Brassica seeds are occasionally found in prehistoric archaeological excavations. However, reliable evidence of the use of B. oleracea in Neolithic or Bronze Age sites is currently missing, although records for B. rapa L. and B. nigra (L.) W.D.J. Koch are better documented (Schlichterle 1981; Körber-Grohne 1995). The difficulties in the identification of archaeo-botanical Brassica records are well described by Tomlinson and Hall (1996), who pointed out that there are no significant differences between different Brassica species in seed size and shape appropriate for the identification of Brassica fossil material. The online database of Dr Helmut Kroll on ‘Literature on archaeological remains of cultivated plants 1981–2004’ also indicates that no certain evidence could be found of B. oleracea archaeological remains before Roman times.

This crop was also apparently not sufficiently attractive to become a subject for decorative illustrations. Indeed, no records pertaining to B. oleracea have been found in a database of iconographic material of Roman sculptures and paintings dating from the first century B.C.E. and from the first three centuries C.E. from the geographical area of present-day Italy (Kumbaric and Caneva 2014).

From literary sources, as presented in this paper, it is possible to trace back proof of an already well consolidated tradition of knowledge and use of coles since at least the VI–V centuries B.C.E. in Greece. First descriptions of different cultivated varieties date back to the IV century B.C.E. with Theophrastus. He clearly indicated that both wild and domesticated types were used. The Greek medical tradition using the cole is testified indirectly by Latin authors, Cato and Pliny, referring to Pythagoras (VI century B.C.E.) and to Greek physicians of the IV–III centuries B.C.E. The use of coles as a simple food that is easily at hand in the kitchen or in the market, to be boiled in pots and used against drunkenness, is testified by several fragments of Greek literature. A similar presence is also apparent in the first literary Latin works of the III–II centuries B.C.E. that have survived till today. The virtual absence of morphological descriptions offered by the Greeks and the earliest Latin scholars is eventually replaced in the I century C.E. by the description of at least 12 different types of cultivated forms, geographically distributed in central and south Italy, with the majority in locations in Campania and Calabria, which is the land that hosted several Greek colonies.

Maggioni et al. (2010) already indicated linguistic and literary evidence pointing at a northeast Mediterranean location for the domestication of B. oleracea. They also indicated that the genetic data apparently supporting a northwest European site of domestication (Song et al. 1990) could rather be explained if all the populations of the Atlantic coast were escaped from the cultivation of crops imported from the Mediterranean (Grenier and Godron 1848; Mitchell 1976). This paper adds further weight to the hypothesis of Mediterranean domestication, by showing the size and number of references to B. oleracea that can be found in every corner of ancient Greek and Latin literature and nowhere else. The emerging picture is that of a crop that was extremely familiar in all spheres of life of these ancient civilizations. It is possible to delineate a sort of evolutionary pathway of the role of this crop. For the ancient Greeks it was a leafy vegetable to be boiled and dressed with olive oil. Only minimal diversity was known (either smooth or curly leaves) and the wild plant was still considered an option to bring on the table, even if more bitter or pungent. It was familiar enough as to be frequently mentioned in verbal expressions of comic exclamatory tone (By the krambē!). Great emphasis was given to its medicinal properties. Among these, the alleged antidotal effect against drunkenness was popular knowledge, while physicians compiled systematic handbooks to record properties and preparations against all sorts of diseases. From Latin literature we also derive the impression that coles were vegetables of widespread use, present in all vegetable gardens. They are often considered a simple food, associated with humble rural life. The high praise of this crop and of its medicinal properties seems to be not completely original in the case of Cato and Pliny, who derive most of their knowledge on the subject from ancient Greek texts. However, around the I century C.E. Columella and Pliny describe an explosion of new forms and types, often associated with specific geographic locations. For the first time, the literary descriptions allow us to imagine that this crop was no longer just a leafy vegetable, but also that heading types had appeared. More or less at the same time it becomes apparent that a product of the crop in high demand is not just the leaves, but rather the tender inflorescence tops and sprouts (cymae or coliculi), growing from the leaf axils and re-shooting after being cut back. No clear reference to this use had been made earlier in the Roman or Greek world. The value of the sprouting inflorescences of either B. rapa or leafy kale B. oleracea is well known in present-day Italy (where they are still called cime or broccoletti). Interest in this part of the plant might have well exercised a selection pressure eventually leading to the development of broccoli and then cauliflowers.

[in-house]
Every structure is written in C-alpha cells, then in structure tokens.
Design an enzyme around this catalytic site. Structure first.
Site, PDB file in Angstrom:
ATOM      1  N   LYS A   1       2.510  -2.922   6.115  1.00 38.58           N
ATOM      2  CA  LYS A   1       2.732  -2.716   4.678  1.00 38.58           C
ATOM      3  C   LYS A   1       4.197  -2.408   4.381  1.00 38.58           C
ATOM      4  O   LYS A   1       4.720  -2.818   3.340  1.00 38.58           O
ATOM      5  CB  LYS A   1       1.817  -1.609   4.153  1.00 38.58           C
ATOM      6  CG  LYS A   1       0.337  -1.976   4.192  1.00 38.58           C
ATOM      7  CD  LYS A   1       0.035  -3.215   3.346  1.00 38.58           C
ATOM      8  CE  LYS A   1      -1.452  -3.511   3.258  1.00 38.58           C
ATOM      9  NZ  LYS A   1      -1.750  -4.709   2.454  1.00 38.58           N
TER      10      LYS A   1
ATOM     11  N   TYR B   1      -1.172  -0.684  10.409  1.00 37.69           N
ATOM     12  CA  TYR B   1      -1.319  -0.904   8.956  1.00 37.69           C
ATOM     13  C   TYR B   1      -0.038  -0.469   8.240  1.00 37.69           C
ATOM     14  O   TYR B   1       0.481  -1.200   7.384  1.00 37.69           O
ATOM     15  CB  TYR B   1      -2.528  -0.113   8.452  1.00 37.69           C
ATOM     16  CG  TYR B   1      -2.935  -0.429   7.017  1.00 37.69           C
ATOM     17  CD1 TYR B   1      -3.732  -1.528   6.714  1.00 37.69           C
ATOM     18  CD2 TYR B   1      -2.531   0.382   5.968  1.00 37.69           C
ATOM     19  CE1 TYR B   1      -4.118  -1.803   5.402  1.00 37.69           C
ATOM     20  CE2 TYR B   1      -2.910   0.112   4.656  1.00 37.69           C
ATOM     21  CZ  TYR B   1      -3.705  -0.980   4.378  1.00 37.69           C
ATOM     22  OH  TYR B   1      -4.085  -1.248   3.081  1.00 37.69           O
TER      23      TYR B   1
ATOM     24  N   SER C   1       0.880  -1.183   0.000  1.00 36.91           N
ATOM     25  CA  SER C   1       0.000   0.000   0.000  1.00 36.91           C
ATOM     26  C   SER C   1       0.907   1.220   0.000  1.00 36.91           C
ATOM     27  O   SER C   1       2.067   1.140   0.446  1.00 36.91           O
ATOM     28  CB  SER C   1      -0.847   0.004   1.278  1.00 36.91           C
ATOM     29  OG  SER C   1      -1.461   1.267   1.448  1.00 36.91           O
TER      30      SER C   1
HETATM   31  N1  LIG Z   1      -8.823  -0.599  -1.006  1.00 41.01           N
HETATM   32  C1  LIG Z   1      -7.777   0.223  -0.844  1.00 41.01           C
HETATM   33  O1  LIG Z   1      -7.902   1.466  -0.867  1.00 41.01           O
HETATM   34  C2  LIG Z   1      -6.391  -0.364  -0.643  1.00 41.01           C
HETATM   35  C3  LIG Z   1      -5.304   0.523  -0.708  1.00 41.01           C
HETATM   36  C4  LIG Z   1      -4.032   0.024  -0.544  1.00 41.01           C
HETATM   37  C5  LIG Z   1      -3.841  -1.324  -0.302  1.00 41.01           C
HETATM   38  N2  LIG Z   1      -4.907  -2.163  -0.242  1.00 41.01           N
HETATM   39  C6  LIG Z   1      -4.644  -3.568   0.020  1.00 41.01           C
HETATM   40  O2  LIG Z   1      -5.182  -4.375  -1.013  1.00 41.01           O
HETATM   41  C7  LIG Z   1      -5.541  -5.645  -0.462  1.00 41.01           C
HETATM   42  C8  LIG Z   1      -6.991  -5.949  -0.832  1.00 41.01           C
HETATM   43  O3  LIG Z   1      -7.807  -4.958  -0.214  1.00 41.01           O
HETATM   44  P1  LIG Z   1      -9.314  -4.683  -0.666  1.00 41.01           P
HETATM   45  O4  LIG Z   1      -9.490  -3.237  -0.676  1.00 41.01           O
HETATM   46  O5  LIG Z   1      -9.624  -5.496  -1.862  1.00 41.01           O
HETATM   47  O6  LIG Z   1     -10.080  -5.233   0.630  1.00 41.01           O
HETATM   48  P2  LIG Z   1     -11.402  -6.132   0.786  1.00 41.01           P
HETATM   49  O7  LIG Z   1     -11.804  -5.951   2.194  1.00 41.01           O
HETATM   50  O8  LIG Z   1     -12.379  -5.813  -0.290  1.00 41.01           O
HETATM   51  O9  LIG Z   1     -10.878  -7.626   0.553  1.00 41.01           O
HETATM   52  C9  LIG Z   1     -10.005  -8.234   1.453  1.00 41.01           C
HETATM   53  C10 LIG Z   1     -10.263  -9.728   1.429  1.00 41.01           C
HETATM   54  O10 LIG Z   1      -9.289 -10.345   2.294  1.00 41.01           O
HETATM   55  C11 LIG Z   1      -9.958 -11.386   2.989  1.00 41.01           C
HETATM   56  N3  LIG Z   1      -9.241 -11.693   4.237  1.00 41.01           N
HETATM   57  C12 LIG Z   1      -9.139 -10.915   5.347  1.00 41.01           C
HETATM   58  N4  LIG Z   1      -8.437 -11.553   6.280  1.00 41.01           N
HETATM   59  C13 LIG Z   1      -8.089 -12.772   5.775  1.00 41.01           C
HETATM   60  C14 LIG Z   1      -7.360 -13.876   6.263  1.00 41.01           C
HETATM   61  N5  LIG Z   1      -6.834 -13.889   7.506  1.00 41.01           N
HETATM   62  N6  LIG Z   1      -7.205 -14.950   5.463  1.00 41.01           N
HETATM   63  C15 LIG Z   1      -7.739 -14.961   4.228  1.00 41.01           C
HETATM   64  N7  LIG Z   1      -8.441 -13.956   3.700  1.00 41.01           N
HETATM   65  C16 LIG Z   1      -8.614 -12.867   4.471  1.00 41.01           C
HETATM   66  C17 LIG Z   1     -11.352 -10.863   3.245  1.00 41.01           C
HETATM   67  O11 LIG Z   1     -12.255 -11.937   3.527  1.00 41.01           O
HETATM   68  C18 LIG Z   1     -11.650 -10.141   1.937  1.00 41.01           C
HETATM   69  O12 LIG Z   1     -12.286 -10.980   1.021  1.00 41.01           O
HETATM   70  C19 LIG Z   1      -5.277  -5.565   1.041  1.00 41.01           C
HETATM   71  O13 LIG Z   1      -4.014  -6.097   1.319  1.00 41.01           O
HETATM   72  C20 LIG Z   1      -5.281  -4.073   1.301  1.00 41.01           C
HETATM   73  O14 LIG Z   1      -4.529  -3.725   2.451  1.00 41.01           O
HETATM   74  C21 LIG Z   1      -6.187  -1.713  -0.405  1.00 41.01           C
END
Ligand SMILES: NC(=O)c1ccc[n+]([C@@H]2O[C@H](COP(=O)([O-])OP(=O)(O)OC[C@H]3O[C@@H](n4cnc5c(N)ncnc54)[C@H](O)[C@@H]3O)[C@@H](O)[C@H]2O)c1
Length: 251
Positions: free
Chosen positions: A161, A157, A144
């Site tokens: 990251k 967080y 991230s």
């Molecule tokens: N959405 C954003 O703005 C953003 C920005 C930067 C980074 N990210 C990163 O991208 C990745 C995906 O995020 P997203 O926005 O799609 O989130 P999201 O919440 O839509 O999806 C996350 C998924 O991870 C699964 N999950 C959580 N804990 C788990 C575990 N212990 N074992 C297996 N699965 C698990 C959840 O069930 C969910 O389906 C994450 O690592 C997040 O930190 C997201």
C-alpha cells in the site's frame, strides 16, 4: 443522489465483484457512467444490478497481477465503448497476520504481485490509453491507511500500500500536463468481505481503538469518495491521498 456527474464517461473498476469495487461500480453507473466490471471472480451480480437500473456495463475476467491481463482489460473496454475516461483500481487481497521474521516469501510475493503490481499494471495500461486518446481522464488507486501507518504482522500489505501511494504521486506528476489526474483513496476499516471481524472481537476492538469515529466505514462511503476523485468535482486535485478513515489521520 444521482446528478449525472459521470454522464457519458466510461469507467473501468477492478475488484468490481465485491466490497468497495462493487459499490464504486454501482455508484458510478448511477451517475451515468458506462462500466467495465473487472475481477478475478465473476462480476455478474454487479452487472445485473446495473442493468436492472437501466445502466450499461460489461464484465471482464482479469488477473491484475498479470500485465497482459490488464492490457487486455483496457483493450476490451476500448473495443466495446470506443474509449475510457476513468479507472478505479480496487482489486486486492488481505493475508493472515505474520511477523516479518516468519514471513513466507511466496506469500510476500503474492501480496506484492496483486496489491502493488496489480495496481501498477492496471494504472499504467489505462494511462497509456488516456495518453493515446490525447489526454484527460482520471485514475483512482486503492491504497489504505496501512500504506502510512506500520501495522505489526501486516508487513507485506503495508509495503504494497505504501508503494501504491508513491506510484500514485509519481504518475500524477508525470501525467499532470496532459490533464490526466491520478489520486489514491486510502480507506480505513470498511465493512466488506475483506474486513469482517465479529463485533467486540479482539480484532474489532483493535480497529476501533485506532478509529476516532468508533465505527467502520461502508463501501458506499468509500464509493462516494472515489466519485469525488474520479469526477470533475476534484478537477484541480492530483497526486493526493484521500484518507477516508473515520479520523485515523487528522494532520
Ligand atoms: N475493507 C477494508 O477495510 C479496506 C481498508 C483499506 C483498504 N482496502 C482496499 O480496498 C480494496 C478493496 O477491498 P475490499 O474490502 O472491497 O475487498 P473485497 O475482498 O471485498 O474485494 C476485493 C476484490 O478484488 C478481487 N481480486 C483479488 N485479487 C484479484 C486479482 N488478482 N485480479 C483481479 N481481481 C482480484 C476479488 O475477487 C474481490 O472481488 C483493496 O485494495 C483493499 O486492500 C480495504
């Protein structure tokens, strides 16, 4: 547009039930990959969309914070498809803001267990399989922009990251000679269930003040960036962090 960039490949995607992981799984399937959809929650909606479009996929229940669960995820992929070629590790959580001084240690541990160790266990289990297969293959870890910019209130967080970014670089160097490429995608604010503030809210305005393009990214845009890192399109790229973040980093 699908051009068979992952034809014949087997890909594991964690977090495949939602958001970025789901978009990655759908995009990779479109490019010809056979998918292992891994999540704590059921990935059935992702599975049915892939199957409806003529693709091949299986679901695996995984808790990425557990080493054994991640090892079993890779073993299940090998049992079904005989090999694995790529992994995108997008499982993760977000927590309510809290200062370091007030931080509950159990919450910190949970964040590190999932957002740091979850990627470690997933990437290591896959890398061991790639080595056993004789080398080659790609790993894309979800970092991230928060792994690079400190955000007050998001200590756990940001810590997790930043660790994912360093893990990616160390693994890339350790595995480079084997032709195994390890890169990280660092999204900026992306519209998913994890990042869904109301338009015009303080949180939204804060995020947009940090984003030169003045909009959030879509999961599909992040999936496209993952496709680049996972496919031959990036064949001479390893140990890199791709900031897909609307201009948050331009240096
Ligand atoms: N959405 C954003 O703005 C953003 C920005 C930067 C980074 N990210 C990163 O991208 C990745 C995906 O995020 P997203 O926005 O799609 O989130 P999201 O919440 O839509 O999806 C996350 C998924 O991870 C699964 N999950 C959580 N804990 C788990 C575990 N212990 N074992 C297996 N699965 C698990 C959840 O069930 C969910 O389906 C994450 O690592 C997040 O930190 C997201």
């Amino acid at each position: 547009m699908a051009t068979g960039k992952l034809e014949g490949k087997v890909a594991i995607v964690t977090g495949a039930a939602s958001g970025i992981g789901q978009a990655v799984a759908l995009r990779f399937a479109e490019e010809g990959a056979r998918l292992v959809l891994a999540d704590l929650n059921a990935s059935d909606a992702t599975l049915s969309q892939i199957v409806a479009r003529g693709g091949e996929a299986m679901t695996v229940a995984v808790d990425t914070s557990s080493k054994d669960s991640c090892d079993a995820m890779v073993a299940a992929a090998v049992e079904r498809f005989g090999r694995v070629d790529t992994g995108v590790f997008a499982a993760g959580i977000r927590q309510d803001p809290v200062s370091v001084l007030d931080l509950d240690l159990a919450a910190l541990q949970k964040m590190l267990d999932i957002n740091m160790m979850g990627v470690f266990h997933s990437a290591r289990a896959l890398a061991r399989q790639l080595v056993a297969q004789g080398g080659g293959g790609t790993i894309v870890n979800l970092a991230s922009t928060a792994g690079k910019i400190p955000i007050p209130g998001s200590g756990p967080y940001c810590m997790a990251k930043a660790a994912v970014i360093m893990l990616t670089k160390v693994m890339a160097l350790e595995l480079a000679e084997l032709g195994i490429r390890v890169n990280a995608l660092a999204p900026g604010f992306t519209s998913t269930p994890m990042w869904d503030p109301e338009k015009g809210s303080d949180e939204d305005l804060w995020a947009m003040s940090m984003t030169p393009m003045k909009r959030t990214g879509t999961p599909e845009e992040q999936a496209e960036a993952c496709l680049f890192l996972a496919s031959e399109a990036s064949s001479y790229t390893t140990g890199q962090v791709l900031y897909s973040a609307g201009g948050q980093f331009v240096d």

The use of wild plants also seems to fade away with time, in the face of the abundance of new varied and productive types. These are described by Pliny not without a note of dismay for the modern monstrosities reaching the tables of his contemporaries (I century C.E.).

The overall picture emerging from this study stands out against the lack of equivalent historical records pertaining to B. oleracea from any other geographical area falling outside of the remit of the ancient Greek and Roman civilizations. It is therefore in this area, and for temporal reasons most likely the Aegean, that the domestication of B. oleracea can most logically have occurred.